More Nostalgic Than Magicial a Beauty and the Beast REVIEW
Beauty and the Beast (2017)
Directed by: Bill Condon
Written by: Stpehen Chbosky, Evan Spiliotopoulou
Starring: Emma Watson, Dan Stevens, Luke Evans, Josh Gad, Kevin Kline, Hattie Morahan
One of the best highlights of this film were the interesting backstories for some of the characters. I wanted to see more of them, but this time we get to see a little bit more as to what shaped the Prince/Beast. We also get a little backstory with Belle too. Seeing as though the majority of the story is pretty much the same as the 1991 animated film (aannnnnd now I feel old), it was nice to see something new to the story that we may not have known before.
As you can probably tell from the trailers, the visuals are indeed captivating and eye catching. The animation of the servants were done very well, and nothing that you wouldn’t expect from Disney. There were some humorous moments that will get you to chuckle here and there. Beyond all that, kudos to Disney for clearly showcasing a very obvious diverse and inclusive cast depiction of the film.
The servants, like Lumière or Cogsworth, were certainly entertaining. Probably the one standout character was Luke Evans as Gaston. He definitely embodied the arrogant role for the entire movie.
For some reason, maybe the pacing, the movie felt unnecessarily longer than it needed it needed to be. Besides the brief backstories about the characters, there really wasn’t much else about the film that was new. I suppose I was kind of hoping that this live-action version would take a similar route to the Jungle Book (2016), which did show a slightly different adaptation compared to the animated version.
Despite the famous songs that were sung (“Beauty and the Beast”, “Be Our Guest”, etc), even the new additional songs lacked the capacity of being memorable. For those who may not be a fan of musicals, this movie was pretty heavy with the amount of songs performed. (I think I counted 13 or more songs possibly.)
Not sure if this would quantify being good or not, but it was kind of difficult to pinpoint the intended audience for this film. It felt more like something for teens to adults (who had seen the previous animated film) and not as welcoming for new and/or younger audiences. Along with that, due to their more inclusive measures taken with some characters, it may cause some divisive opinions to be made by some audiences. (Whether those opinions are warranted or not, I’ll let you be the judge.) I think that by over emphasizing the intentionality of being more inclusive may rub some people the wrong way. While I personally have no issue with being more inclusive, I do think that it becomes counter productive of trying to normalize something when it does get highlighted specifically in a film.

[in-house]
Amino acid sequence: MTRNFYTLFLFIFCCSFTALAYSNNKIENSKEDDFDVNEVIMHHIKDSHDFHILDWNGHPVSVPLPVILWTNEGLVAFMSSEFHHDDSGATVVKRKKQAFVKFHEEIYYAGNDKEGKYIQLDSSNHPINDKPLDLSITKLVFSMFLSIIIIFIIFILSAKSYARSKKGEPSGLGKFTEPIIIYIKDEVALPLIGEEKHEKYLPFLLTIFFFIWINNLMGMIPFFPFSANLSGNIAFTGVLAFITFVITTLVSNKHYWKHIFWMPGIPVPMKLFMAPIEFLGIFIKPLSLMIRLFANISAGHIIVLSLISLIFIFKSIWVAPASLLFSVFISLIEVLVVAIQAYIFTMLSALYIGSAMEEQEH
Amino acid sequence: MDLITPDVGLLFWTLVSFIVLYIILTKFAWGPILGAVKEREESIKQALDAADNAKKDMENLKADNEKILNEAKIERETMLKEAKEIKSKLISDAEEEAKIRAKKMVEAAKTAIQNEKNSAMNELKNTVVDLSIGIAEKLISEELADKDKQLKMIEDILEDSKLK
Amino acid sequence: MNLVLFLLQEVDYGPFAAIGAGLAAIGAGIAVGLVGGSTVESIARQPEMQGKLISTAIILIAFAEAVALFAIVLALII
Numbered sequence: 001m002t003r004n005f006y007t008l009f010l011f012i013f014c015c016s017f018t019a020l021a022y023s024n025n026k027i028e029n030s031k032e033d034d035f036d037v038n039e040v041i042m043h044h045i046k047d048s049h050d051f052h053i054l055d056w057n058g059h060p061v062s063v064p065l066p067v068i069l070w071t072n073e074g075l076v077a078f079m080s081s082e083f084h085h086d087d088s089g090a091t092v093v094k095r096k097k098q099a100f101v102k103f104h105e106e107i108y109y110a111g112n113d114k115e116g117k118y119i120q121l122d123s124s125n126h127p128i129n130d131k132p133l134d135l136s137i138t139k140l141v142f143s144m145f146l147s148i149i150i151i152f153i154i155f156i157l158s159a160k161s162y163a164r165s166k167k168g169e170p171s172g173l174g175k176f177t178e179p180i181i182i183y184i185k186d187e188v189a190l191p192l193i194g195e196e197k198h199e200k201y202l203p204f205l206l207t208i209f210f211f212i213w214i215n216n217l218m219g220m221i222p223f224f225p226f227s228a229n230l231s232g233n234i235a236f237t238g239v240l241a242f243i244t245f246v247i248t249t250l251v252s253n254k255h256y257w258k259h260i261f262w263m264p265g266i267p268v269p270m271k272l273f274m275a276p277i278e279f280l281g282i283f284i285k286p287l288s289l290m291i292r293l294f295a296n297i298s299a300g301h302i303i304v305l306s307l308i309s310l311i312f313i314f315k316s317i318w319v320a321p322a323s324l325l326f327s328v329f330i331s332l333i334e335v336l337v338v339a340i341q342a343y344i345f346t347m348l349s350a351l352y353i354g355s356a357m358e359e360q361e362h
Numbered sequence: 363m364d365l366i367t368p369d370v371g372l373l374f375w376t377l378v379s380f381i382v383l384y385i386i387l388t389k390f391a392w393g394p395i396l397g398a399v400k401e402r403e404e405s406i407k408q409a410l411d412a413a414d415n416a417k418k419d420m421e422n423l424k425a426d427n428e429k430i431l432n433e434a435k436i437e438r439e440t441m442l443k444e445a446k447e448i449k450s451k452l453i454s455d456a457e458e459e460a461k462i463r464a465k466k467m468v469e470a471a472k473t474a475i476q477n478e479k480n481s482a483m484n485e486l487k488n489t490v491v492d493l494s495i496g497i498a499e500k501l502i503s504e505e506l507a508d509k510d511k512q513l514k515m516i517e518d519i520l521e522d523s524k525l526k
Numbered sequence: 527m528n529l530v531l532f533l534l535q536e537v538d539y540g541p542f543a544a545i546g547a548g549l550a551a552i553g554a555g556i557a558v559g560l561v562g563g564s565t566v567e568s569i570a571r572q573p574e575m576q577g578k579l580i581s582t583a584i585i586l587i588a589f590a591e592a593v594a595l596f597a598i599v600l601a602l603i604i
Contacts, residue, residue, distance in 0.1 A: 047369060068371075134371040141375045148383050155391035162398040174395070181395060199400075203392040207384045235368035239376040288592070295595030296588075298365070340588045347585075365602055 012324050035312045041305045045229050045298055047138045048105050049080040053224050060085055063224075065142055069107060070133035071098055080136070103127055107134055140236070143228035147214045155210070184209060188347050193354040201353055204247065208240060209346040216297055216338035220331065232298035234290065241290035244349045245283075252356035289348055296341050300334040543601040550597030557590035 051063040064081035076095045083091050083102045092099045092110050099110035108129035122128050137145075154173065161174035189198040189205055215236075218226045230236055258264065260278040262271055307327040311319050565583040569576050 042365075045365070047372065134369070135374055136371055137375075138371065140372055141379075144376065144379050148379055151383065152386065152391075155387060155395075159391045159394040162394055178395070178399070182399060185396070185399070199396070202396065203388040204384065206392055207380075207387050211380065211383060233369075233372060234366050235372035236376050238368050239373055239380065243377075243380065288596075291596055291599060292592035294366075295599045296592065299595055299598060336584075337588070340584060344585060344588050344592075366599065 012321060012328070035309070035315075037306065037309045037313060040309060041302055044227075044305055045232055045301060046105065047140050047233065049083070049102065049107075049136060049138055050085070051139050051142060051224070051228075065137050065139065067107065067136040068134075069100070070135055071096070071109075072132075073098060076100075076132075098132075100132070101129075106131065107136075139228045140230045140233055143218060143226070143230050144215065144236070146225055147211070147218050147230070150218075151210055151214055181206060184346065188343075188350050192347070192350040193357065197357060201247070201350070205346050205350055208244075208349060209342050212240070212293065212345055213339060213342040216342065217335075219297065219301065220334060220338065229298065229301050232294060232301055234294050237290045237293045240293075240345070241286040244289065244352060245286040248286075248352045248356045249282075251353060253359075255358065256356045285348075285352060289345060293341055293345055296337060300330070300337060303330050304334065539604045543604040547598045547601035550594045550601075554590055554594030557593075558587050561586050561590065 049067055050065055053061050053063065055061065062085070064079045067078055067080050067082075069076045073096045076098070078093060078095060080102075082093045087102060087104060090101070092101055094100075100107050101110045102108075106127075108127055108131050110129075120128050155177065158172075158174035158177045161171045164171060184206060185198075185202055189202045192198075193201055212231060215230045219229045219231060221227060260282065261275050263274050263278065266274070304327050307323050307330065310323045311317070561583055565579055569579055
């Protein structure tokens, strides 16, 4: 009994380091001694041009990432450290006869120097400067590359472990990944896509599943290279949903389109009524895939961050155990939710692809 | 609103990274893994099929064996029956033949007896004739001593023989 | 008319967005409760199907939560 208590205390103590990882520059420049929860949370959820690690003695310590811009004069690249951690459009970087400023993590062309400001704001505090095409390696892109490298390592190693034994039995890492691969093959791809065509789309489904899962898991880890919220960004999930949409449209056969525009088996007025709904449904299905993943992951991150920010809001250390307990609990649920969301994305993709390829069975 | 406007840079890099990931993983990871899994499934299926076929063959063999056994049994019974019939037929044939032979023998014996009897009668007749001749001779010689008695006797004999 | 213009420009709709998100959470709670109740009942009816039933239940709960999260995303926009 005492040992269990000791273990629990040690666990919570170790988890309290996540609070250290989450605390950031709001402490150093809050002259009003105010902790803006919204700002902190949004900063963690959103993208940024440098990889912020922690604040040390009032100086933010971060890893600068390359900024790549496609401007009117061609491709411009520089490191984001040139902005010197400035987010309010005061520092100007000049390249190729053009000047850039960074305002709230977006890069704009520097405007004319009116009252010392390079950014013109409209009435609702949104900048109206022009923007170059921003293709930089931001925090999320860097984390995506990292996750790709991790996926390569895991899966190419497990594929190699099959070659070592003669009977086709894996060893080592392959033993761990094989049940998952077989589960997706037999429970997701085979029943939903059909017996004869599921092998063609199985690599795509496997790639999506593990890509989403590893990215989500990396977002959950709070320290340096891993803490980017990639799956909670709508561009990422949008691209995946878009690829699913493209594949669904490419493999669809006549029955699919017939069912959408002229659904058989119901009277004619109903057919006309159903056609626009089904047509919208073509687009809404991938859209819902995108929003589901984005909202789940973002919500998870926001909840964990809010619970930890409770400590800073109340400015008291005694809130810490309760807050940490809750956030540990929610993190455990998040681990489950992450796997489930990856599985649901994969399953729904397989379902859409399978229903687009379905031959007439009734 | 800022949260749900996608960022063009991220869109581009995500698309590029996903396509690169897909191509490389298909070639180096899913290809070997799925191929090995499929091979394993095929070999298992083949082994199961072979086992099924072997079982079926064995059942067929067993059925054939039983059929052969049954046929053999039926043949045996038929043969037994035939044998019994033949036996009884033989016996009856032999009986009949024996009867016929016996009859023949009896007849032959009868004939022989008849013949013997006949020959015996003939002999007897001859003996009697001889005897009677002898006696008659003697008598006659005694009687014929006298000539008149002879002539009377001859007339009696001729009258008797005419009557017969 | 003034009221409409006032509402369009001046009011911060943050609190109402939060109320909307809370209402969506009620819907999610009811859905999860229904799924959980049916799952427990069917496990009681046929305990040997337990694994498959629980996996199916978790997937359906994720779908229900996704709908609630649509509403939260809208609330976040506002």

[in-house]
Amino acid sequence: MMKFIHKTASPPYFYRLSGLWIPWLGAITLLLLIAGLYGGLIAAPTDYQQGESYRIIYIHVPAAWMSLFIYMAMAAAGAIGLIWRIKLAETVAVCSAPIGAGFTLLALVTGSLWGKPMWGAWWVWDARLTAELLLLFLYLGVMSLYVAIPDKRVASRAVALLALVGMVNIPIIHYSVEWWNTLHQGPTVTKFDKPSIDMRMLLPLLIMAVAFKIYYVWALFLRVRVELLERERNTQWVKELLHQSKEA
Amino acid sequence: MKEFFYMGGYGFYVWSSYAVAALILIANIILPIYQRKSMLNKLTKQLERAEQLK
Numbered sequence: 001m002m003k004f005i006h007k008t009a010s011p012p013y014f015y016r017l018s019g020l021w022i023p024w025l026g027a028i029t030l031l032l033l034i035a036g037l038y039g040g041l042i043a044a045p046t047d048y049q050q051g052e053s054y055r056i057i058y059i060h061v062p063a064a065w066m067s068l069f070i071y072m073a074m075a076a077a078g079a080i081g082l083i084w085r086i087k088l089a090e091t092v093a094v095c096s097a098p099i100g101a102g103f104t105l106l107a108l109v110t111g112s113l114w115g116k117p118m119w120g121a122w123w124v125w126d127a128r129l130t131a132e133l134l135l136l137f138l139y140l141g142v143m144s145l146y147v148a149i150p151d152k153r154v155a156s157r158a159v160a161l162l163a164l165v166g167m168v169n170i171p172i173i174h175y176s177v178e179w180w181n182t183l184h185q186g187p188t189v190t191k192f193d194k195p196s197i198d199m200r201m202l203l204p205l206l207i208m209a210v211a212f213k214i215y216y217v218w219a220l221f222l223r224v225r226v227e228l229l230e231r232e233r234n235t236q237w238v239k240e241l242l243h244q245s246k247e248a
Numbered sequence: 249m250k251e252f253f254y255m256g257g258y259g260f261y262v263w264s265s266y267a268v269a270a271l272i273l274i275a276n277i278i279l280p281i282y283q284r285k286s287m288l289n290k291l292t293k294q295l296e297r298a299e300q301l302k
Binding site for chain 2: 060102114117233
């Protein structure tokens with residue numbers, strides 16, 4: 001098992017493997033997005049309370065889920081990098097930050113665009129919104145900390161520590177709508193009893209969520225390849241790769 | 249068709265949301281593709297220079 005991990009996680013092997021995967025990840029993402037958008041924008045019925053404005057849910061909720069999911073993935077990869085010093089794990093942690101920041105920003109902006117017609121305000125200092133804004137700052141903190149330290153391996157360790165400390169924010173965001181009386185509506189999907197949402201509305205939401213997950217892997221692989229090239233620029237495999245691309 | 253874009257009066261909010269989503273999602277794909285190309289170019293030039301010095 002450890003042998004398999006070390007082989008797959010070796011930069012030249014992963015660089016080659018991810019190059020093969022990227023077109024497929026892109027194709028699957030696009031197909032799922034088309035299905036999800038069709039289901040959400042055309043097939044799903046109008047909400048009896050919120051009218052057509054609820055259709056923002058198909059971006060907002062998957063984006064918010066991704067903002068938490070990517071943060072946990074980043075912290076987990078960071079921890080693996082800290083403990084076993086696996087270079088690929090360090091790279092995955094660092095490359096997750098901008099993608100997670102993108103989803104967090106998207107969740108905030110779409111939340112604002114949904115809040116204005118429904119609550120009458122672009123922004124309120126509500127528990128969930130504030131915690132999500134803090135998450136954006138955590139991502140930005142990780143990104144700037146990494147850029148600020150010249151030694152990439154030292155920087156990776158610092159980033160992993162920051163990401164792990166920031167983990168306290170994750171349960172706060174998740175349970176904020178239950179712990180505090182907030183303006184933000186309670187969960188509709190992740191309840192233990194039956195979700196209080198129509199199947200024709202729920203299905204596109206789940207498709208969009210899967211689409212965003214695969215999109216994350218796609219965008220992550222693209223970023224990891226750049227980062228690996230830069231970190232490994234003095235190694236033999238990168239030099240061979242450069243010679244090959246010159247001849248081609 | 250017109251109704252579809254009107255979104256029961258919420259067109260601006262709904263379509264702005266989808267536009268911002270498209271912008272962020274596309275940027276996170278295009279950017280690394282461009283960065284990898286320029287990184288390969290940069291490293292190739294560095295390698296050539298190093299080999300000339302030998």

Overall I’d probably say that this live action version of Beauty and the Beast was more so nostalgic than it was magical. Maybe those who enjoy musicals will appreciate and like this movie more than I did. It simply just didn’t move me the same way that the animated film did when I was younger. (And I was a fan of the animated film too.) I wanted something new and different in this film while still connecting with that sentimental feeling. Unfortunately there wasn’t enough “new” and there was only a long trip down memory lane.
Regardless of how I personally felt about the movie, I still think that others will enjoy it. Parents, I wouldn’t really advise this for kids under 13 years old. There really isn’t much silly or animated humor that would keep the average kid’s attention. Also as I mentioned, some parents may or may not be comfortable with some of the suggested themes in the film for young children. (Again, you be the judge.) I would say to really base your thoughts on how the trailer made you feel. If you love musicals then you’ll probably enjoy this live action film. It’s theater-worthy for you. If you loved the animated film and are hoping to recapture the magic from your childhood, I’d probably say you could hold off for the time being.